The Beckoning Land that is within

In spite of the fact that all three of Rowena Farre's books were in a certain measure autobiographical, she remains a mystery. The place of her birth, her real name and ancestry, whether her first book was autobiography, in fact, or fiction? It is, on reading her last book, a matter on which, beyond a certain notional interest, I find myself wholly and happily agnostic. Whoever she was, she was a person out of sorts with the world she was born into and on, an ever more consciously realized, spiritual quest. In this way, the book leads on from her earlier one about her life with Roma and Traveller communities. There she was following a nomadic impulse that ran in parallel to 'ordinary life' whilst here she is following a nomadic life that enfolds and transforms 'ordinary' life.

In this her third book, she returns to places associated with her childhood, Hong Kong, Ceylon and India, in the early Sixties, and, before it became 'fashionably hippy', in search of that other world that is enfolded in this one, a world 'transformed' (a word she loved from childhood) into yet something other, by a quality of vision, of centered, calming insight. The world as it is in its pristine unity.

Through the course of this journey, she meets, among many others, two people who exemplify her quest. The one is the herbalist she had known as a child in a mysterious shop down the road from where she lived, now transformed into a Taoist hermit, living on an as yet undisturbed island near Hong Kong. The second is a nameless hermit, living in a cave, in the Himalayas, accompanied by two sadhus, who appears a fully liberated being, of intense and transfiguring stillness.

Both of these encounters at one level carry a certain level of improbability in how they emerge yet, as we know, the mystical often manifests itself magically. What are the chances that I would encounter the name of a critical meditation teacher from two different sources in the space of ten minutes and meet them in a small Oxford village the day after? And they are encounters prepared for as glimpses of her reading suggest; for example, her having absorbed Ouspensky's 'In Search of the Miraculous'.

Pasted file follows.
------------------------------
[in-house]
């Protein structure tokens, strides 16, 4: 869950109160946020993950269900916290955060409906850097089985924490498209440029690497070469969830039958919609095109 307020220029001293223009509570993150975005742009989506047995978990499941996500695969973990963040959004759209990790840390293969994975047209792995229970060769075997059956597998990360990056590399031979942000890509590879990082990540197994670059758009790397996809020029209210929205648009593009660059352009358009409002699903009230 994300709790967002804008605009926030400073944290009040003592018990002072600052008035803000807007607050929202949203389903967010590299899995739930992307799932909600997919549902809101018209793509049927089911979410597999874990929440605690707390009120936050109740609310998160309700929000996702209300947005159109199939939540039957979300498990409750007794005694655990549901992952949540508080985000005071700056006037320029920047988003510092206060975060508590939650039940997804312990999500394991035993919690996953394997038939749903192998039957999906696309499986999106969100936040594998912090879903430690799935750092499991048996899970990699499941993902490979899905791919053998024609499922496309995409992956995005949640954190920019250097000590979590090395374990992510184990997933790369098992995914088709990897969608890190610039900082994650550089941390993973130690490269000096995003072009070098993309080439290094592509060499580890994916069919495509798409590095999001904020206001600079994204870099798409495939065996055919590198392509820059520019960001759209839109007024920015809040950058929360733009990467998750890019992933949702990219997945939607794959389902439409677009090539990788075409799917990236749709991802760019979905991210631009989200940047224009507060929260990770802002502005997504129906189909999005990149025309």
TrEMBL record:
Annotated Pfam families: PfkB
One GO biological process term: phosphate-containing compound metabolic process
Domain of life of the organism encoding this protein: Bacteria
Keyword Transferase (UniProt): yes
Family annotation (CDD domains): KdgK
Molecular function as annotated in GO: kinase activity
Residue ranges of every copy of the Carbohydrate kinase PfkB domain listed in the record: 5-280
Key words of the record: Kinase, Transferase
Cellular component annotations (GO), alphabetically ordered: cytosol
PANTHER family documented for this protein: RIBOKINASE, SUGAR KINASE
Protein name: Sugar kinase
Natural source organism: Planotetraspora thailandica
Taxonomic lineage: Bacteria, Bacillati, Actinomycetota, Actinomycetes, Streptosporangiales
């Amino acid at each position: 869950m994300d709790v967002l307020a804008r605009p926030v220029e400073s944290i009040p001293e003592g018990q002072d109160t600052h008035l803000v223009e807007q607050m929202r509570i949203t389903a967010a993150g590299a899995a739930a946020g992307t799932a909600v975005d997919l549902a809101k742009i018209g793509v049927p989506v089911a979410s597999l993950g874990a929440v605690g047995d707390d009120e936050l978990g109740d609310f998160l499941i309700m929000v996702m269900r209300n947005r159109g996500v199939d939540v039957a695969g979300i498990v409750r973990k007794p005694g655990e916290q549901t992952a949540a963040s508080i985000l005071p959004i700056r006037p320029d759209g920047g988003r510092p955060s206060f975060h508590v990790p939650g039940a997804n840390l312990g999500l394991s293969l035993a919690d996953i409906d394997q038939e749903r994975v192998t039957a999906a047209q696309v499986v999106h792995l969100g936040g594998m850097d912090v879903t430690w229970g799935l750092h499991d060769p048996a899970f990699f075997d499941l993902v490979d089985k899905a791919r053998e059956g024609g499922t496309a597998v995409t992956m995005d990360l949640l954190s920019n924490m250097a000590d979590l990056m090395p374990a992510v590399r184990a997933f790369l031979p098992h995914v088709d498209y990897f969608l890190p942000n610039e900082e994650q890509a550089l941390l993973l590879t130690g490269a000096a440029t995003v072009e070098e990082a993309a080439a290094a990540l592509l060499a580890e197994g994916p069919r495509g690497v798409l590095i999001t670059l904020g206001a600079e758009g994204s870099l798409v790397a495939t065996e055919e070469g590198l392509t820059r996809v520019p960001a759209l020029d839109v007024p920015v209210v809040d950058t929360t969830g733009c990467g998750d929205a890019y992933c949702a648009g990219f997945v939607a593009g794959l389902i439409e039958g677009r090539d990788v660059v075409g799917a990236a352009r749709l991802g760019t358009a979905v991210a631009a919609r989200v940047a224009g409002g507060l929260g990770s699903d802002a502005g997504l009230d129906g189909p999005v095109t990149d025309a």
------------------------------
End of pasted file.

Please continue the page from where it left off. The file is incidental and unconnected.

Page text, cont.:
More than this, it is the insightful nature of the encounters that rings true. The Taoist sage is perfectly themselves and different yet resonant with the Indian sage who is perfectly themselves. There is a realism about Farre's accounts - a judicious understatement too - that sings authenticity (even if they were part products of imagination for imagination appropriately applied reveals truthfulness). The Taoist sage sings of the importance of being centered in the world navigating its dimensions with simplified ease. The Indian sage sings of liberation from the confinement of the world - of the inward leap to return to the source. Both would have recognized the other in their being different yet the same in their non-attachment.

It is too a lovely book - beautifully written, humble, questing and observant of times and places as well as realities beyond time and place. You live through the racket of Chinese New Year, the casual interactions that spring up journeying in India and the shifts in the world as countries decolonize and emerge as well as try to accommodate tradition and change. Simply read as travelogue, it is an accomplished text.

But more that this, the book is an invitation to re-visit one's past most animating experiences, to test out how and where you felt most alive, to seek out the touch of an inviting otherness; and, reflect on the level of your inward freedom to which that otherness invites you. The otherness that is wholly enfolded in the deepest vein of yourself.


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